Many in the media have called tonight’s presidential debate crucial. I cannot help be feel though that the emphasis on the word “crucial” is more a result of broadcasters trying to sell the importance of the debate. Like any pitch, it needs to have an edge to it and so the use of words that excite are mandatory.
I cannot help but feel that, although according to many preliminary polls this presidental race is a close one, most voters have already made up their minds. I mean who plans to walk into the voting booth in two weeks and make a snap decision based on who performed better in the presidential debate? Maybe a lot of people. In the end the presidency has a dual nature of extreme exposure and extreme obscurity. What really makes a good president? Is it the ability to be outwardly diplomatic and charismatic or the strength to surround yourself with potent advisors and experts and all matters presidential?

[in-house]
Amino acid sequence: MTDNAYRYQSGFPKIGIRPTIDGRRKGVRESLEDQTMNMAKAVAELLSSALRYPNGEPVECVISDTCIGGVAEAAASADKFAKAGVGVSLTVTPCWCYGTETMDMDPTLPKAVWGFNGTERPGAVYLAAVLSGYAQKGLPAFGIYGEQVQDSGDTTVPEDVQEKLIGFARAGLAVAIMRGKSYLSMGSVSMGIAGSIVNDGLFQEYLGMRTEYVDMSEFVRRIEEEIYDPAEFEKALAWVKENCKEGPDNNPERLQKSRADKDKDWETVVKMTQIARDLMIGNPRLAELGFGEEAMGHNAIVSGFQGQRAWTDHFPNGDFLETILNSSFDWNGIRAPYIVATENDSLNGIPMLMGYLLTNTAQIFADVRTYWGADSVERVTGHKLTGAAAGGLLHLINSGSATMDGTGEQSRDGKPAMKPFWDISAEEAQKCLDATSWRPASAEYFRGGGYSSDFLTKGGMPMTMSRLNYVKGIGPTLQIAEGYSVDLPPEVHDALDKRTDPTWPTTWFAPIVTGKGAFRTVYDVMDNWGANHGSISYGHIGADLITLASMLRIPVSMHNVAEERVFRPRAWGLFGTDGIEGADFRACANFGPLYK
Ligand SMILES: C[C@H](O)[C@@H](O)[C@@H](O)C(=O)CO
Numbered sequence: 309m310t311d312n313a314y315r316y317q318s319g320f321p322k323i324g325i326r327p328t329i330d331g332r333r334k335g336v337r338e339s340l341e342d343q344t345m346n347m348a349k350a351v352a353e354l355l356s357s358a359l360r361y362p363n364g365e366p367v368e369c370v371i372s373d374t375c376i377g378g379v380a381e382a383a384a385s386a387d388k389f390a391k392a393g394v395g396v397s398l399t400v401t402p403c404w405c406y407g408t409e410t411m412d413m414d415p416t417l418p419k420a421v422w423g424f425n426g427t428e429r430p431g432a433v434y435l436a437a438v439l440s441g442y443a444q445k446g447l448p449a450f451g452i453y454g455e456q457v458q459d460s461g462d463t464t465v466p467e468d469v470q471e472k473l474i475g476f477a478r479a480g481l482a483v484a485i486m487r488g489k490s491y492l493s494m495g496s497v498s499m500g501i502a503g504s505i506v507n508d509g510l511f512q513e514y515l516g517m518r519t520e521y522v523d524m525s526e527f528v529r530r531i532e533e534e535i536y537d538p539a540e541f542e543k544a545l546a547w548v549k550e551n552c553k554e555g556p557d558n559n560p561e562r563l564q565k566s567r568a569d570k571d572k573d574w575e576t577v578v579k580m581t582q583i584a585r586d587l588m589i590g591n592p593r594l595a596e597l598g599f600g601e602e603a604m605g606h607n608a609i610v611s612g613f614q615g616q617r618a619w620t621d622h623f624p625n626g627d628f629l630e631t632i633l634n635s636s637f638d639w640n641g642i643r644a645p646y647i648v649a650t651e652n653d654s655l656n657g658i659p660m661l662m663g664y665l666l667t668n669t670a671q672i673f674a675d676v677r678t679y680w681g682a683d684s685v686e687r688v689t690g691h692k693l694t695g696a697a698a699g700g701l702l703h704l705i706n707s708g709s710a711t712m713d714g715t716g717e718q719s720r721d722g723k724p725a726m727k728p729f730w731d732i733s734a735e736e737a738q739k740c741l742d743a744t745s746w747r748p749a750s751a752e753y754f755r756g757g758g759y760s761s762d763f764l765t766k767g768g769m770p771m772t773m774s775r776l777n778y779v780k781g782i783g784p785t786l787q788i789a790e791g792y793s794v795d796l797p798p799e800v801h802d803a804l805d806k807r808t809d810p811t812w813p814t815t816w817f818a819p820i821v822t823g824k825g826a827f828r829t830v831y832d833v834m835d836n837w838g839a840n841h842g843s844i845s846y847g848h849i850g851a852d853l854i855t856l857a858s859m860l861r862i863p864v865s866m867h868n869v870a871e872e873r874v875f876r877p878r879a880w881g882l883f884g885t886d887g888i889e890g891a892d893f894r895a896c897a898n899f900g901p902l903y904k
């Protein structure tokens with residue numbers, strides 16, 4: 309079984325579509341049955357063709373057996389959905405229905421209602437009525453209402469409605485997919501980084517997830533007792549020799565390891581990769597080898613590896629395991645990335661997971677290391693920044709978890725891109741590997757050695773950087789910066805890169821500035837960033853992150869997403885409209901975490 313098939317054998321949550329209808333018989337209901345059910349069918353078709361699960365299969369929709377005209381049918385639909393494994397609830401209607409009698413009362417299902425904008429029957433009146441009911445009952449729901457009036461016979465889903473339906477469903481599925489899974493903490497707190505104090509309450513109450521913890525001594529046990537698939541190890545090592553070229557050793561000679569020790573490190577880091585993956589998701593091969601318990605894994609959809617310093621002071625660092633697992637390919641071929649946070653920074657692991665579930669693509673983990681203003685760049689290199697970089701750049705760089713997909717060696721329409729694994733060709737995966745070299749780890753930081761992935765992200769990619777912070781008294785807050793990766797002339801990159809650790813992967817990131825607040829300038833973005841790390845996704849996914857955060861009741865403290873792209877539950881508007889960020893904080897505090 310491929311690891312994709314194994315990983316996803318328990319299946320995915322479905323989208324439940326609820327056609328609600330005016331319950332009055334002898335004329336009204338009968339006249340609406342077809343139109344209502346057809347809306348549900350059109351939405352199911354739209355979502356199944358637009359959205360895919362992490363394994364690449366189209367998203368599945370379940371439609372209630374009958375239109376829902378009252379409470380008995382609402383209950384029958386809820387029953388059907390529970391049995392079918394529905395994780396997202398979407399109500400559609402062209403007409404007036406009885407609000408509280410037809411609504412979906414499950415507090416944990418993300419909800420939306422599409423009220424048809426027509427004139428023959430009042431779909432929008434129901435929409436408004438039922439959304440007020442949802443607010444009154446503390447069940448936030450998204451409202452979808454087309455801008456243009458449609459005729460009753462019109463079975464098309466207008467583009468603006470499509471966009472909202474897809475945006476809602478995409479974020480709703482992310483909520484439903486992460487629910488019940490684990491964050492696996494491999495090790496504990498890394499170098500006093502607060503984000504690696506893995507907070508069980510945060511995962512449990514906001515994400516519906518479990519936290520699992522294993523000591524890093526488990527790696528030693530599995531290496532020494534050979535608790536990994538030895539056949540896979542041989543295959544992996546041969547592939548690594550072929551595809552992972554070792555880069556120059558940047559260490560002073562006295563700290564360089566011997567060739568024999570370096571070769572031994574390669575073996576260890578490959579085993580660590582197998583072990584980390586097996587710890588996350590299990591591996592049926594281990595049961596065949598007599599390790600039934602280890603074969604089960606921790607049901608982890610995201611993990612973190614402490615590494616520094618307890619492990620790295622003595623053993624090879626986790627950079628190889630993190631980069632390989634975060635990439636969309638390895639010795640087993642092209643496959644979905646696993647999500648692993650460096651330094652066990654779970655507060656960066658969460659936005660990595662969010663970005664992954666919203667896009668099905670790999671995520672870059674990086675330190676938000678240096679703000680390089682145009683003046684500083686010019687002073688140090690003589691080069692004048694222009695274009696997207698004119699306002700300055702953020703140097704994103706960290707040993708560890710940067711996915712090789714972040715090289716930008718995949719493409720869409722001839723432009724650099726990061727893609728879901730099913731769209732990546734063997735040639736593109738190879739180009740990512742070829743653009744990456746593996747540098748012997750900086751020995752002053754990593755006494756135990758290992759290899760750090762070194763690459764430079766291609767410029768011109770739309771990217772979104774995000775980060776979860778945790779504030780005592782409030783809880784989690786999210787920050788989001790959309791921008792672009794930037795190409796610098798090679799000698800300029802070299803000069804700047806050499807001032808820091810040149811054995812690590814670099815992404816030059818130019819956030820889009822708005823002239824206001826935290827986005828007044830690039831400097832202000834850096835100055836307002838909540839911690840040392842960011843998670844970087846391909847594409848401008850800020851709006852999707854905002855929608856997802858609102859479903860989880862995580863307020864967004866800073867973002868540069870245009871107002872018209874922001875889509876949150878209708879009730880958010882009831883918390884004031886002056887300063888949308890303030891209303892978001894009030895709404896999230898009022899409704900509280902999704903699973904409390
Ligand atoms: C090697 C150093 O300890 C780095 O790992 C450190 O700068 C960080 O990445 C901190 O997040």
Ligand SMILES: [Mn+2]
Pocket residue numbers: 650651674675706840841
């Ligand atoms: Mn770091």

In the end, maybe a president is little more than just a puppet who gives an administration its face and maybe a good president is just someone with good puppeteers. Though the notion may sound cynical, I assure you it is far from it. Ultimate power should never be in the hands of one person and although being called a puppet may be seen as derogatory, in this instance it’s rather democratic ( “of, relating to, or supporting democracy or its principles” [definition courtesy of the New Oxford American Dictionary], not to be confused with the Democratic party).